For the past several decades, class actions in the U.S. have become almost synonymous with lawsuit abuse. Unfortunately, South Koreans may soon get this experience first-hand. The U.S.-Korea Business Council and the Federation of Korean Industries (FKI) recently held an event to discuss these developments and their ramifications, at which U.S. Chamber Institute for Legal Reform President Harold Kim spoke.
Lawmakers there are considering legislation that would expand class action litigation to all areas of law on an opt-out basis and would include deeply troubling provisions like retroactive application. This means that disputes from years ago can be revived into massive class actions, which will almost certainly lead to an explosion of costly and lengthy litigation filings. The law also significantly expands the punitive damages structure, jury trials, and pre-suit discovery, all of which provides incentives for lawyers to sue over almost anything in the hunt for a big payday. As we’ve sadly learned in the U.S., plaintiffs aren’t the main beneficiaries of this system. The lawyers are.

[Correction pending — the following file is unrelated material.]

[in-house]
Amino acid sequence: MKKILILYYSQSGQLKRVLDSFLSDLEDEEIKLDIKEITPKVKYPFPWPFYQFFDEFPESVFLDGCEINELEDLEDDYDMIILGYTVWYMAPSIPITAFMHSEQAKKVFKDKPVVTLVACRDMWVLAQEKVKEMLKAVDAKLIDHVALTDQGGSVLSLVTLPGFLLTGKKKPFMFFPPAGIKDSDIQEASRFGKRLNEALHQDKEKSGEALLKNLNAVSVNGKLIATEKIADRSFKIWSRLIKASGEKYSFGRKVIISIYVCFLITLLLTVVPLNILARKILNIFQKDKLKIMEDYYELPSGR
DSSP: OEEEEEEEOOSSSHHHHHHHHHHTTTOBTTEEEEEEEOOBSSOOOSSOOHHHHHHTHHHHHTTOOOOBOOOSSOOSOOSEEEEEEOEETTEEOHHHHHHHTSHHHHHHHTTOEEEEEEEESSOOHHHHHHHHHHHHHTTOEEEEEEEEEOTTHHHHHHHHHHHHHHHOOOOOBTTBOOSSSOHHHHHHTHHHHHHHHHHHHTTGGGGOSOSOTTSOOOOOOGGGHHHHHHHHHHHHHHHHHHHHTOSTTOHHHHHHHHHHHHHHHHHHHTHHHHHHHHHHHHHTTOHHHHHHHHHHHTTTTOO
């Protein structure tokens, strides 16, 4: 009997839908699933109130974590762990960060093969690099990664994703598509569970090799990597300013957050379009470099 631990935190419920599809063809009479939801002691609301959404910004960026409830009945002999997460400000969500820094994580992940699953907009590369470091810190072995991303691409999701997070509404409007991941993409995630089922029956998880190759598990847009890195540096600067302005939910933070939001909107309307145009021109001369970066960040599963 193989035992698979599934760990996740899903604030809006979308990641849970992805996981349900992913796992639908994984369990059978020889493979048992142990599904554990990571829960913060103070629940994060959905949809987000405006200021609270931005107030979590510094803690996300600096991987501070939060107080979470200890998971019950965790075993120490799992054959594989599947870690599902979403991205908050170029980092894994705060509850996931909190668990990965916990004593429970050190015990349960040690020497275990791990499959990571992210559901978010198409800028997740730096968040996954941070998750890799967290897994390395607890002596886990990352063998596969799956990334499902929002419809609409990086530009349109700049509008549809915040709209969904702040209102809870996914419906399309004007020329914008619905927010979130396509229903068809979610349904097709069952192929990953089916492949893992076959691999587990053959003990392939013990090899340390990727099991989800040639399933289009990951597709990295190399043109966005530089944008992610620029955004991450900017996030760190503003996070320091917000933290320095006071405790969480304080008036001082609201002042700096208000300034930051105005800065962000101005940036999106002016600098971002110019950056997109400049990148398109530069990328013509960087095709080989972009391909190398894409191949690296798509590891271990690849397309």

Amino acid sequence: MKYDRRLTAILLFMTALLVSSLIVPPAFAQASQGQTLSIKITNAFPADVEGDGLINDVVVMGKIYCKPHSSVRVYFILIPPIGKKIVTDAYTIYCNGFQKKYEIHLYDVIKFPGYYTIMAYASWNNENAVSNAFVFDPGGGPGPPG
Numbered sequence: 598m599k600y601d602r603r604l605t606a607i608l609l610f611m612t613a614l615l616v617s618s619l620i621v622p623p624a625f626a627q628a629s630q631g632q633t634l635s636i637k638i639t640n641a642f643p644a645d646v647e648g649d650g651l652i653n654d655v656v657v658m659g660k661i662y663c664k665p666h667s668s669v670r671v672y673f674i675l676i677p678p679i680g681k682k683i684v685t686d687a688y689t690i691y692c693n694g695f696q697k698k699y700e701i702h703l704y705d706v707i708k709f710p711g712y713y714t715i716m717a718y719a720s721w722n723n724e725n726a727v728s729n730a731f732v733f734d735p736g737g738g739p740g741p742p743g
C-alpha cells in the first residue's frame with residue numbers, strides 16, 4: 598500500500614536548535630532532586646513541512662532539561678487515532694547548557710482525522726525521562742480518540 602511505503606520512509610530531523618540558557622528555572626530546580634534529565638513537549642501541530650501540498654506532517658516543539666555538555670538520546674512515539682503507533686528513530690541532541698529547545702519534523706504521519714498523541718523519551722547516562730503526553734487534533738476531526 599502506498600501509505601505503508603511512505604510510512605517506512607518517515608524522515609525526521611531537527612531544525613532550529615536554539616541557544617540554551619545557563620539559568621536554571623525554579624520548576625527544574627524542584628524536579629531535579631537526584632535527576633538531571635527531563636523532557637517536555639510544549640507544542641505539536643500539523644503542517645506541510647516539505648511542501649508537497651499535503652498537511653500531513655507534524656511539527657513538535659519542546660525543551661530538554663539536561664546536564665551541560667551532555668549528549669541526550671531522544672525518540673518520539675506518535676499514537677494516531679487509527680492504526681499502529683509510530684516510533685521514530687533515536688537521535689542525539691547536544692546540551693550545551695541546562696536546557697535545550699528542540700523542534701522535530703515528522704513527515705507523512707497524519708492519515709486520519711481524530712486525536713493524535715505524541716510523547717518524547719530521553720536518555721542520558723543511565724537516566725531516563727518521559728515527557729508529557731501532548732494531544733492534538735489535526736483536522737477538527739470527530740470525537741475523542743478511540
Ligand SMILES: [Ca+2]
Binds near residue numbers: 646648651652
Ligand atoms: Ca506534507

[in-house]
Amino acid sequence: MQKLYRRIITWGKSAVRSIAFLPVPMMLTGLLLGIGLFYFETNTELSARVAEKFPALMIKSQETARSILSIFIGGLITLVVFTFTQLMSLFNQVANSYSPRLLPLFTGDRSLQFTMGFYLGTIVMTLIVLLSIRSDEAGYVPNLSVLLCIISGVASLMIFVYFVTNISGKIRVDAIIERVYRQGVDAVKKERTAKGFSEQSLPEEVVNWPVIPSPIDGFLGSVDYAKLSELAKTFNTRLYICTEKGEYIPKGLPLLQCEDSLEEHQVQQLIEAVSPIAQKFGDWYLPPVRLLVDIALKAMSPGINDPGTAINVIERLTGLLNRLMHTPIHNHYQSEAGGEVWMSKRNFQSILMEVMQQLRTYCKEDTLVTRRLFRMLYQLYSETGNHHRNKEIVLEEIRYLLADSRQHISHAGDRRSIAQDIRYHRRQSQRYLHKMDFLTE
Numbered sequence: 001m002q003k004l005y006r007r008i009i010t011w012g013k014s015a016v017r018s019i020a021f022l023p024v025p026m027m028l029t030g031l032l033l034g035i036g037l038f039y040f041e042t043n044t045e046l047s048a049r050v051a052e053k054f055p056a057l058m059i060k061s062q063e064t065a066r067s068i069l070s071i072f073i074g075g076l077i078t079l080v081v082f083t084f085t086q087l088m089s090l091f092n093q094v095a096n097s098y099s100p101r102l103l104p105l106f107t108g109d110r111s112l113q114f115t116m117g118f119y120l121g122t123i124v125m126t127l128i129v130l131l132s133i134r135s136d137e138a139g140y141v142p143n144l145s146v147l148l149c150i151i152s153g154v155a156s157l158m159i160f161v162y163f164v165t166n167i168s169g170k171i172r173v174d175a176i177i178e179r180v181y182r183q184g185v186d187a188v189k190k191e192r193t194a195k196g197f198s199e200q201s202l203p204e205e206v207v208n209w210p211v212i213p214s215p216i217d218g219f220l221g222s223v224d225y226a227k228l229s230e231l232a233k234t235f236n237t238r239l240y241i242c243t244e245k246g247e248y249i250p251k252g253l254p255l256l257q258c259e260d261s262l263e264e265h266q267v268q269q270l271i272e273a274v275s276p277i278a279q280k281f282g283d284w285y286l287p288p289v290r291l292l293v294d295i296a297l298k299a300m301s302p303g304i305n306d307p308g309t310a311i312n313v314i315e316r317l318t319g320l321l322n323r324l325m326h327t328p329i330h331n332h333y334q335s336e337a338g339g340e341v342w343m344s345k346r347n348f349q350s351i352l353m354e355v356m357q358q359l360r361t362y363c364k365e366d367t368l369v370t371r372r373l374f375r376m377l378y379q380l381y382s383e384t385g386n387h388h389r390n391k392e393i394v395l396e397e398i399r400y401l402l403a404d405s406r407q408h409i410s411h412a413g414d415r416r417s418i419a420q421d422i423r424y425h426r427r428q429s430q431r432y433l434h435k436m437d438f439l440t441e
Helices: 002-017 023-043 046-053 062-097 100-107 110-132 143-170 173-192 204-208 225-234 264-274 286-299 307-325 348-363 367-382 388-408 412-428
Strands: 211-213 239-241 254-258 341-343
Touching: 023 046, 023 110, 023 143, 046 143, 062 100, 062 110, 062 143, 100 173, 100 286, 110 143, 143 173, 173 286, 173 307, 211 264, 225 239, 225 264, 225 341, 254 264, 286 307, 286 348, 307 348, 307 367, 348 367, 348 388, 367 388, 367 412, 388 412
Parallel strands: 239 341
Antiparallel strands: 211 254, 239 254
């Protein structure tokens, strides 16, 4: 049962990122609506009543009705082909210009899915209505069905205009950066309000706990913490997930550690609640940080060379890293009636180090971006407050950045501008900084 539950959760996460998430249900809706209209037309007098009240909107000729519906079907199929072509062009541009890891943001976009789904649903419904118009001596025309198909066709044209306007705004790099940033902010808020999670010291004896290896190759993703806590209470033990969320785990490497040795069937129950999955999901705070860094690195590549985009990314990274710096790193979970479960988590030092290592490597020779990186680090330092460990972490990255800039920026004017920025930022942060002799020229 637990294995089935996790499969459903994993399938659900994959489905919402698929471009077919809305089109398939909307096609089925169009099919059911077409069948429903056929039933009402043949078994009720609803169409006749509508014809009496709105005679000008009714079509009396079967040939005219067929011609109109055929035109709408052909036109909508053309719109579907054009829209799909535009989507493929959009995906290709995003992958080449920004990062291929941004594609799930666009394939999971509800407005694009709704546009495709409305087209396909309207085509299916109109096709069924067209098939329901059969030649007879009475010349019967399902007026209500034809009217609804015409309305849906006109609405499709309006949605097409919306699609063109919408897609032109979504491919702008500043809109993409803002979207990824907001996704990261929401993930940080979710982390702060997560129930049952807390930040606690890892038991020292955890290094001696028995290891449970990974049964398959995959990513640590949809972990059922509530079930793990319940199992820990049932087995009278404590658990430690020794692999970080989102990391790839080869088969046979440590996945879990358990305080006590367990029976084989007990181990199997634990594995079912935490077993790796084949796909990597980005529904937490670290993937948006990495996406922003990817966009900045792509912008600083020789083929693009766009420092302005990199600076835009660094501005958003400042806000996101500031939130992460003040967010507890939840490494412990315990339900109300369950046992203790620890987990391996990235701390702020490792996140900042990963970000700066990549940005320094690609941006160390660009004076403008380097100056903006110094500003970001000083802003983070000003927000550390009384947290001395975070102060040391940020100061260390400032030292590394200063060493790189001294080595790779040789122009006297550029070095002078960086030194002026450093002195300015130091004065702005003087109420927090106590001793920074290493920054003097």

Though South Korean legislators seem to want to go down this path, they ought to pause and seriously assess the impact that this new legislation would have on the business environment in Korea and try to include meaningful safeguards while it is still possible to prevent abuse.
Harold, quoting Churchill, told the group that those who fail to learn from history are doomed to repeat it. South Korean lawmakers should learn from our experience with class actions.